Regional synonyms for hoodoo include conjuration, witchcraft, or rootwork.

The word witch is typically associated with the European definitions of the word witch (and commonly associated with the practices of Wicca), however, the word witch has been used in African spirituality.

The tagati is usually improperly translated into English as “witch”, and is a spiteful person who operates in secret to harm others.

The sangoma is a diviner, somewhere on a par with a fortune teller, and is employed in detecting illness, predicting a person’s future (or advising them on which path to take), or identifying the guilty party in a crime. She also practices some degree of medicine.

The inyanga is often translated as “witch doctor” (though many Southern Africans resent this implication, as it perpetuates the mistaken belief that a “witch doctor” is in some sense a practitioner of malicious magic). The inyangas job is to heal illness and injury and provide customers with magical items for everyday use.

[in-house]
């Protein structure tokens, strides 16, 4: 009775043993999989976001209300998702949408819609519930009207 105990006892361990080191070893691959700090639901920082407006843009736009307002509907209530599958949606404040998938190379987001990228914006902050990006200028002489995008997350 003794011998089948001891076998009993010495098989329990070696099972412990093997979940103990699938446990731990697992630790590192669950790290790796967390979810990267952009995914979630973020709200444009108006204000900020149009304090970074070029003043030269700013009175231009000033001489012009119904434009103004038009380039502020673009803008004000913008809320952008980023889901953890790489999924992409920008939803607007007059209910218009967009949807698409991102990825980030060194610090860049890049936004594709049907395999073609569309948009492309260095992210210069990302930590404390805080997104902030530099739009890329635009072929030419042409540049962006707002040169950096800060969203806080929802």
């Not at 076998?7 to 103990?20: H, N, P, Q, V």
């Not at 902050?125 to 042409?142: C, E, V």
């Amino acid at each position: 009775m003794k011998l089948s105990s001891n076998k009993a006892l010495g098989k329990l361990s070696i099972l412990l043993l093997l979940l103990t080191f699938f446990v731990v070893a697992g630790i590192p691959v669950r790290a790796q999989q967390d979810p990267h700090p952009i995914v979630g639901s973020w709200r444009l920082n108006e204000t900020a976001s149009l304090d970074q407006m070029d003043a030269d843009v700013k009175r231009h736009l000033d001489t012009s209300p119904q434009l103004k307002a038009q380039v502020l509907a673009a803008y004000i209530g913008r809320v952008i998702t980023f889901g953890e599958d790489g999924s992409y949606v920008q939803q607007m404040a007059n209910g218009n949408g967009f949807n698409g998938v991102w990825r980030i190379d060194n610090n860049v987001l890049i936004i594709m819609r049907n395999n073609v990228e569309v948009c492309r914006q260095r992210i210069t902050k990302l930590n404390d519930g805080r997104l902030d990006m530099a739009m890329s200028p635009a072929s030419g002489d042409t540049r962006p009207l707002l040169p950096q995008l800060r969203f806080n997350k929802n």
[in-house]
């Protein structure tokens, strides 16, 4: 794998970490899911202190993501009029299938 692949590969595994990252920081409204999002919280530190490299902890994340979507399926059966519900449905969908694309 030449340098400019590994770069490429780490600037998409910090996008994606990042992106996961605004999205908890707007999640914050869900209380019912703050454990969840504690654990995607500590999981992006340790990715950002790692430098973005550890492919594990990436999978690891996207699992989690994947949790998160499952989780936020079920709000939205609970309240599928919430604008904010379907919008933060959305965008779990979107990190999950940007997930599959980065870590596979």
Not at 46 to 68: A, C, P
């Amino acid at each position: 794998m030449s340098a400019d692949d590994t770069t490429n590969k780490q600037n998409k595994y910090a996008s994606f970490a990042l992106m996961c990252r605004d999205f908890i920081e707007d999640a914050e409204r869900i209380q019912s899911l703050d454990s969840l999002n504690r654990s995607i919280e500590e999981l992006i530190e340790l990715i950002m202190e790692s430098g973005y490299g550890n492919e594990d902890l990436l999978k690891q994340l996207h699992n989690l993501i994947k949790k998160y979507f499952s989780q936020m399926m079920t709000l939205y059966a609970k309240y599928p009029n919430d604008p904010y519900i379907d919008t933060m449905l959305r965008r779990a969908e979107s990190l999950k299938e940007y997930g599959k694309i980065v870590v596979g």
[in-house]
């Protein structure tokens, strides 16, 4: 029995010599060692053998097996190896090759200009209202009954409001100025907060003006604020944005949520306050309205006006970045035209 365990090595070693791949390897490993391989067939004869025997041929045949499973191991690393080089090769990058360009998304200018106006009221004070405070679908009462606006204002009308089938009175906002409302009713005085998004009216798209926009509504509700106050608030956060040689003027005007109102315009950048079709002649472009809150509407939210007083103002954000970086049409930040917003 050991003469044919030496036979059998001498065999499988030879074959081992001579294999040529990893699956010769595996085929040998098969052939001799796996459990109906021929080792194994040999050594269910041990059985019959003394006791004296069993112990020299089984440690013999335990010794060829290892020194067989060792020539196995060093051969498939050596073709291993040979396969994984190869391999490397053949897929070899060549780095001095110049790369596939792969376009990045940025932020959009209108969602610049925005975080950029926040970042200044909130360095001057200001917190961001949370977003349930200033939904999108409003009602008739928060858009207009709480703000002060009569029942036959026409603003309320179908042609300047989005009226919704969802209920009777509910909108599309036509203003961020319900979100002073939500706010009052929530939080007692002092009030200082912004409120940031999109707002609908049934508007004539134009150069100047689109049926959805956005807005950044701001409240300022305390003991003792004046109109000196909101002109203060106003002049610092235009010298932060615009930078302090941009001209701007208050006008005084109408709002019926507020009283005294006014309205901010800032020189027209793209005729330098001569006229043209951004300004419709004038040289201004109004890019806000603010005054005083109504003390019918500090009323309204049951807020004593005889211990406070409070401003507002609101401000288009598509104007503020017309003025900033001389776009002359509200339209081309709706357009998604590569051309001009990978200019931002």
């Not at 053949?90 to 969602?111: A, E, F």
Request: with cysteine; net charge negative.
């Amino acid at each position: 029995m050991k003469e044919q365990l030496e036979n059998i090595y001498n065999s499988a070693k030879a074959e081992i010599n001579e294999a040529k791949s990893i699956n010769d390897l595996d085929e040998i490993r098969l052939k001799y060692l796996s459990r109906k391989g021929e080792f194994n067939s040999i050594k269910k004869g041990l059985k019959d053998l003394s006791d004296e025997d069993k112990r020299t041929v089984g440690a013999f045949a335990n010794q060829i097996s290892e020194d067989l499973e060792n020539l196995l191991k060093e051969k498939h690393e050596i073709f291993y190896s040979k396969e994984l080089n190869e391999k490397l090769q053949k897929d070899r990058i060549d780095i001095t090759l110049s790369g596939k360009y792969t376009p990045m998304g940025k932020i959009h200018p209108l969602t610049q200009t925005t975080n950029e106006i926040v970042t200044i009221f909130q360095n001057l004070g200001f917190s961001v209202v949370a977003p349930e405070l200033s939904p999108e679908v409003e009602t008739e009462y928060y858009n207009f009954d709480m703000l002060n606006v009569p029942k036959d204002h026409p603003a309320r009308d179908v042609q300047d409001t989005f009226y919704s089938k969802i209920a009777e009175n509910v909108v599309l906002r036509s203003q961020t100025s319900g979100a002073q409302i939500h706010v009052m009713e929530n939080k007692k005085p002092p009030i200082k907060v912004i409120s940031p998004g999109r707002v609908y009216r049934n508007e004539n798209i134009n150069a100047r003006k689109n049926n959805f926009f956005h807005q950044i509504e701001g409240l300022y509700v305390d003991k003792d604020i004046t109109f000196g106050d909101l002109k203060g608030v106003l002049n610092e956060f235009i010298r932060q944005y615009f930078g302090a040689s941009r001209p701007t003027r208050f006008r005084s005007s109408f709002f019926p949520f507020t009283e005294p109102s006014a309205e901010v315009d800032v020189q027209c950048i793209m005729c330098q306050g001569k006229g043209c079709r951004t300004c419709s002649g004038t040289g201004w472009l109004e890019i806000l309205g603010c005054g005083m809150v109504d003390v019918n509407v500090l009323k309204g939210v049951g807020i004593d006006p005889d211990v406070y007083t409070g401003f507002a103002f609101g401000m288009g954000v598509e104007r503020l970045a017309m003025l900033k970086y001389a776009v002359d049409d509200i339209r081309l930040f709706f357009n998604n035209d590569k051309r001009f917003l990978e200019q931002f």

Of these three categories, the tagati is almost exclusively female, the sangoma is usually female, and the inyanga is almost exclusively male. (1)

Hoodoo Magic Today

Hoodoo is already a fusion of witchcraft and African Folk Magick. 

In this day and age, with unlimited access to technology, and the ability to travel and experience different cultures, we all like to try and experiment with new and exciting magical systems. Every culture has a unique magical system that has been refined and adapted along the way. Think of the evolution of Shamanism, Hermetics, Witchcraft, Wicca, Folk Magic, Reiki, Yoga, to name but a few.

Modern-day Hoodoo includes many elements of the above systems and has elements of Voodoo/Vodun,  Santeria, Palo Monte to name but a few. Modern hoodoo adapts further in each region it enters. For example, New Orleans Hoodoo practices have a different flavor from other areas in the South. Modern hoodoo, as it is practiced today has ALOT of traditional witchcraft practices introduced into the rituals and spells.

Hoodoo practice does not require a formal study nor does it have an accreditation system. Therefore both the practices of Hoodoo and Witchcraft are available for each and every person to study & practice. Everyone has the opportunity to improve the conditions of their life with a little magick and a closer connection to spirit.

The key to learning Hoodoo is understanding the journey of Hoodoo, so as to pay respects to Hoodoo’s violent history. Once you respect the foundation of Hoodoo, you can emerge yourself in the magickal spiritual system – and then adapt the work to your own location – where ever you are in the world!



Alvarado, D. The Voodoo Hoodoo Spellbook. San Fransisco,



Hyatt. Hoodoo. vol. I. pp. 1758–1759.